Page 1 of 2
By Patrick (2005-07-21)
What do you feel is your strength as a writer/storyteller?
Robin Hobb: Definitely characterization. I know and love my characters. For me, the story is really about how the events affect the characters rather than about the events themselves. As characterization is extremely important to me in the books I read, naturally itís a big element in the stories I write.
What would you say was the hardest part of the entire process involved in the writing of THE FARSEER, THE LIVESHIP TRADERS and THE TAWNY MAN? Where did you get the initial idea that drove you to create those series in the first place? What was the spark that generated the idea which drove you to write THE SOLDIER SON?
RH: Youíre cheating, Patrick! That was 3 questions, not one!
The hardest part of any writing project is the first draft. Getting the story fixed on paper is really difficult for me. With every sentence, you narrow an infinite number of possibilities down to a single track. So every scene represents a decision in how the story is going to unfold. If one of those decisions is wrong, it carries the story off in a direction that may not work for me as a storyteller. And then I have to back up and take another run at it. I always feel a great deal of relief when the first draft is done. After that, the task is to go back and make it pretty.
After writing three bestselling series, is there added pressure when it comes to writing a new project?
RH: The Ďbestsellerí tag doesnít figure into the writing equation on my end. After all, there are many different types of Ďbestseller listsí. A book may be a bestseller on one list and not even show up on another one. So that isnít something I dwell on. From the very beginning, writing has been about constructing the best possible book, telling the story in the way that I find most pleasing. I think if I ever sat down and said to myself, "I have to write something that a whole lot of people will want to read so I can sell lots of books," Iíd give myself the worst case of writerís block ever. Because I simply would have no idea what other people would want me to write. But when I think of all the stories I want to write, my reaction is to worry that Iíll never live long enough to write them all.
You have been acknowledged as one of the best writers in the genre? Where do you think you stand in the fantasy field?
RH: Up in the Northwest corner, just a bit south of Greg Bear. Seriously, I think it would be impossible for me to answer this. Itís based on someone elseís opinion of my work. Who said I was one of the best writers in the field, and when? What book were they talking about, and how much of the genre were they familiar with? If I started giving things like that weight, Iíd just make myself crazy. My day to day thoughts as a writer have a lot more to do with what scene I want to get written today and if I should go back into an earlier chapter and foreshadow something or if itís better to completely surprise the reader. Discussion of the varying merits of different writers is the province of reviewers and people who compile best seller lists. Status in the field is completely out of a writerís control, in my opinion. Itís entirely dependent on reader reaction to the work.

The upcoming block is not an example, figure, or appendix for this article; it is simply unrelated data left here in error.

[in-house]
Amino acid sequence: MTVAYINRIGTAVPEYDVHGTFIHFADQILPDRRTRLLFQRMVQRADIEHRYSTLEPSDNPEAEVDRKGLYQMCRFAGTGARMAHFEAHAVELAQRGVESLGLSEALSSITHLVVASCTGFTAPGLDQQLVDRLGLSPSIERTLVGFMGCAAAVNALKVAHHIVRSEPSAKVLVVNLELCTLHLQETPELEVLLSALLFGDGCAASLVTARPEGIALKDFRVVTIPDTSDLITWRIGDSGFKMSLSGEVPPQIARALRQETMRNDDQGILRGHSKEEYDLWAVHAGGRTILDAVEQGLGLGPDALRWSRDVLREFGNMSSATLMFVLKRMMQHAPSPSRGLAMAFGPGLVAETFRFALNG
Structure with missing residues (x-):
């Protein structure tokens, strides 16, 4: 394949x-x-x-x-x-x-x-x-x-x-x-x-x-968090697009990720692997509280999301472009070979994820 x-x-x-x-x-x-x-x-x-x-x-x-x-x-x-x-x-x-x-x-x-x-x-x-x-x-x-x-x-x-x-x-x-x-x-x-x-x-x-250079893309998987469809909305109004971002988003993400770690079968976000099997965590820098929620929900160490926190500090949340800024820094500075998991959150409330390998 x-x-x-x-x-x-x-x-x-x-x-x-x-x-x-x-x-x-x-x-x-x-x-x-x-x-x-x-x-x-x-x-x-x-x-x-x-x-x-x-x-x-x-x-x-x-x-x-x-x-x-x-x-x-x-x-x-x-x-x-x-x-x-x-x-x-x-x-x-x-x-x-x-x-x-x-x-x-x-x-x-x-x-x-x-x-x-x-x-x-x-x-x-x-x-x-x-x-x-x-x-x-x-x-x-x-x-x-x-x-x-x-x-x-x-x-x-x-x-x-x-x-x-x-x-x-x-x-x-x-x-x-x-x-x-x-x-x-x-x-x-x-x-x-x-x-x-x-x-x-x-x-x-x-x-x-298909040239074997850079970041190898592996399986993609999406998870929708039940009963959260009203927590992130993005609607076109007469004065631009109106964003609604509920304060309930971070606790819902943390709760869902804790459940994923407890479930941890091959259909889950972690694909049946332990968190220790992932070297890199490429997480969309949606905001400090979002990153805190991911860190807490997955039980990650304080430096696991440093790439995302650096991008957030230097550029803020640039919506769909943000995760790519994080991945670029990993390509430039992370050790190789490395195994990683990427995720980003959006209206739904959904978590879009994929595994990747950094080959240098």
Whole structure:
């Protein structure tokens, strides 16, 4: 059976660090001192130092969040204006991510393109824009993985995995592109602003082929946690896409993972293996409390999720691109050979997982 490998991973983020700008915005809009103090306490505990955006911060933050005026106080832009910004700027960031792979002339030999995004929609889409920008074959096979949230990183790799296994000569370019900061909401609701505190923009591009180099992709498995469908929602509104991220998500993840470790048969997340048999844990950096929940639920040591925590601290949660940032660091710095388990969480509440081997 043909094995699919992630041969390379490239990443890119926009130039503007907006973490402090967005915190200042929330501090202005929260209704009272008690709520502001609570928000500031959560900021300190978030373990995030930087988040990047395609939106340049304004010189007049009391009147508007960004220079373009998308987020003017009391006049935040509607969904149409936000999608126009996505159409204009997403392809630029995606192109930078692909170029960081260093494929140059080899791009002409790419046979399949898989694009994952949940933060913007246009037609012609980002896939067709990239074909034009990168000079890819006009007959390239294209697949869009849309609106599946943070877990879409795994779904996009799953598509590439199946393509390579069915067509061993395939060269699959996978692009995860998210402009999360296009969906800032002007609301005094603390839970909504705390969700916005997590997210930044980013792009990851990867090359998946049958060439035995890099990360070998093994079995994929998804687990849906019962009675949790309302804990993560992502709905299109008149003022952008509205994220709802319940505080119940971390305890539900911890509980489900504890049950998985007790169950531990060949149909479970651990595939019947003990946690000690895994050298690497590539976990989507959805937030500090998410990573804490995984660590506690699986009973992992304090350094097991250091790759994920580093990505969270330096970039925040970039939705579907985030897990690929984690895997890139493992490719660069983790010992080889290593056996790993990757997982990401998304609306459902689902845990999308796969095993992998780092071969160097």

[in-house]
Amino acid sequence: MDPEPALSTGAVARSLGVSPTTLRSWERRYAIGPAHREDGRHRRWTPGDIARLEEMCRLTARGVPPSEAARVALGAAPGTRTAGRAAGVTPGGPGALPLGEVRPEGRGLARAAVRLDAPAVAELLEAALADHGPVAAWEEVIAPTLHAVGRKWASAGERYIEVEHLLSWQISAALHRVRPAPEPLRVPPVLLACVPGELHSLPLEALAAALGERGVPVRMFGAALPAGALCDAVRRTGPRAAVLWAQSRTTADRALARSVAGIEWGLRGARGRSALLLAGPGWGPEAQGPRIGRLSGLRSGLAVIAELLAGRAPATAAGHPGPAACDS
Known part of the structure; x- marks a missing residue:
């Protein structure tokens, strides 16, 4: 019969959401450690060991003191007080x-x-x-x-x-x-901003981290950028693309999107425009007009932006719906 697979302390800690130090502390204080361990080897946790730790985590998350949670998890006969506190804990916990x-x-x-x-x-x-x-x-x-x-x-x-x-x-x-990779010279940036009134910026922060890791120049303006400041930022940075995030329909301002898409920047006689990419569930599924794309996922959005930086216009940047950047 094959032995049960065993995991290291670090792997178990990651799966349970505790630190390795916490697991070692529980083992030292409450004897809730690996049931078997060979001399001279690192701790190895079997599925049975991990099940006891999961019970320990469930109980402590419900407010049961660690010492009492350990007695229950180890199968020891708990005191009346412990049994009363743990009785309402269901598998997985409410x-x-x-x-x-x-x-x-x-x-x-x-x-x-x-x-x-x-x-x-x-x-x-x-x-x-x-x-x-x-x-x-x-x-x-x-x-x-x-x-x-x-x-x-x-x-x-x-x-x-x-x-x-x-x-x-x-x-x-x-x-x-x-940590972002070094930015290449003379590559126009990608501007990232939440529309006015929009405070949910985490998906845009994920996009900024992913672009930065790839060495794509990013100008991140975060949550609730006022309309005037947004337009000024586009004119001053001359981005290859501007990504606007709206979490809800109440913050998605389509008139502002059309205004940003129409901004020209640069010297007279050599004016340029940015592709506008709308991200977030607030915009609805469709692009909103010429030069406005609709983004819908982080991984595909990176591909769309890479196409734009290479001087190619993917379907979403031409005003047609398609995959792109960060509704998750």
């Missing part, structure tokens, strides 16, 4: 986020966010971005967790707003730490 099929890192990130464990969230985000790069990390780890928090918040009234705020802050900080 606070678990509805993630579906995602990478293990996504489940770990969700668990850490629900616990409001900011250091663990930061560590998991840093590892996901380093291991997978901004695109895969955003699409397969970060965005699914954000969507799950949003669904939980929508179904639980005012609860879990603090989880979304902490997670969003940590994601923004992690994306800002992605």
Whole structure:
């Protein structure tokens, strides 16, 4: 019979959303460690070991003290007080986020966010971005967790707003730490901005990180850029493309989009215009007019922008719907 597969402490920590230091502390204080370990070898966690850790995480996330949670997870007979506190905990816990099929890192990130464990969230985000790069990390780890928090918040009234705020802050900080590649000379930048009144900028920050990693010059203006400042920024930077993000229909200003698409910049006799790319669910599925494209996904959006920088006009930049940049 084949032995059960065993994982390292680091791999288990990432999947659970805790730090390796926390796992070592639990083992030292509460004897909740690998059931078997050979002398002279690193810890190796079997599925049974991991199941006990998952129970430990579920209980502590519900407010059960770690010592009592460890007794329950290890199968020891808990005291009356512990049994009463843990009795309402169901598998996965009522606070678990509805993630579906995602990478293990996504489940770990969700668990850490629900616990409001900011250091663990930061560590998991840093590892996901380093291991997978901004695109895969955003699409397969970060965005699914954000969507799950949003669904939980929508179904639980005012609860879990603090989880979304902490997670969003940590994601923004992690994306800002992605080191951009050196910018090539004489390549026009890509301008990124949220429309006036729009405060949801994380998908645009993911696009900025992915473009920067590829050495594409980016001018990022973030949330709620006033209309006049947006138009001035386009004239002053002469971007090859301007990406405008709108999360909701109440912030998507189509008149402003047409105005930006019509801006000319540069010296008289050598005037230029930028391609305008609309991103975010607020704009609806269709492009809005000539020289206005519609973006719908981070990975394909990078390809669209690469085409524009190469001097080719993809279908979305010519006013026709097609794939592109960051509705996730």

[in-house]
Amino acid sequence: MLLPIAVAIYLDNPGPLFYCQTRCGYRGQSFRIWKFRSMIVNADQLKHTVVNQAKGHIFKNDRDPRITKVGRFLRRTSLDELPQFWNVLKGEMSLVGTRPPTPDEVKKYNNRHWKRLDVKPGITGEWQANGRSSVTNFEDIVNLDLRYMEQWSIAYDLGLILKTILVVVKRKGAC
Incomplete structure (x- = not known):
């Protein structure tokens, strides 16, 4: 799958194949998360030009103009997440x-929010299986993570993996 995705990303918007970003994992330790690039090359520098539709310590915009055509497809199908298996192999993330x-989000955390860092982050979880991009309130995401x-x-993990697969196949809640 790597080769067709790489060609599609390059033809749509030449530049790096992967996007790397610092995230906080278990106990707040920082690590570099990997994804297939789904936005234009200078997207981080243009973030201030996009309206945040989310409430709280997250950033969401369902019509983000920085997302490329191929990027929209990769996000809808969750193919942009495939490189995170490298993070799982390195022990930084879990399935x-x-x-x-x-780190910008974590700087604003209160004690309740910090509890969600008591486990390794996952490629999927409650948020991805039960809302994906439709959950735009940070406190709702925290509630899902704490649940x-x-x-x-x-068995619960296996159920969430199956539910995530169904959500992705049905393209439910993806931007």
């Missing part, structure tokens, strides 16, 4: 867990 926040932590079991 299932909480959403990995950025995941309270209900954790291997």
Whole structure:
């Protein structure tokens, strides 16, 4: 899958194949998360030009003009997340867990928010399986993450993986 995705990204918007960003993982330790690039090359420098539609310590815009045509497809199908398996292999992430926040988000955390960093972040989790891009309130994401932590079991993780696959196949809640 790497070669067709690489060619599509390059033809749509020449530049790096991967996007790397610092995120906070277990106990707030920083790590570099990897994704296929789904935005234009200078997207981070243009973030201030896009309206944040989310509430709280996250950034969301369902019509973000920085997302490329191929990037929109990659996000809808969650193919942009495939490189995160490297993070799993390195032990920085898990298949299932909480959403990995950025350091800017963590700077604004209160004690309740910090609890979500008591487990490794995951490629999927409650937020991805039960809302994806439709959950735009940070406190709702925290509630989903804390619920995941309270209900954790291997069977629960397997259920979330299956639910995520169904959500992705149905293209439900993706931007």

Is a World Fantasy Award something you covet?
RH: Not really. As I mentioned above, the focus is on the writing, not on sales or awards. Even if I seriously coveted a World Fantasy award, I donít think my books are likely to win one. I write trilogies and in many ways, they are not suitable candidates for this award because each book is only 1/3 of a story.
Iím not immune to the allure of a shiny trophy. Iíve won the Asimovís Reader award a couple of times, and ĎBones for Dulathí, my first short story published in a commercial venue, was in the anthology Amazons! and that did win a Best Anthology World Fantasy Award.
When I was a fairly new writer, I did long to win awards. I even went so far as to start thinking that I could write a story tailored for the purpose of winning nominations. Luckily, I came to my senses and realized that if I started doing that, it would no longer be my story. I think being mesmerized by award fantasies is a fairly common pitfall for beginning writers.
This is not to denigrate any of the awards. The lists of winners are a wonderful way to discover books and short stories that might have slipped past me.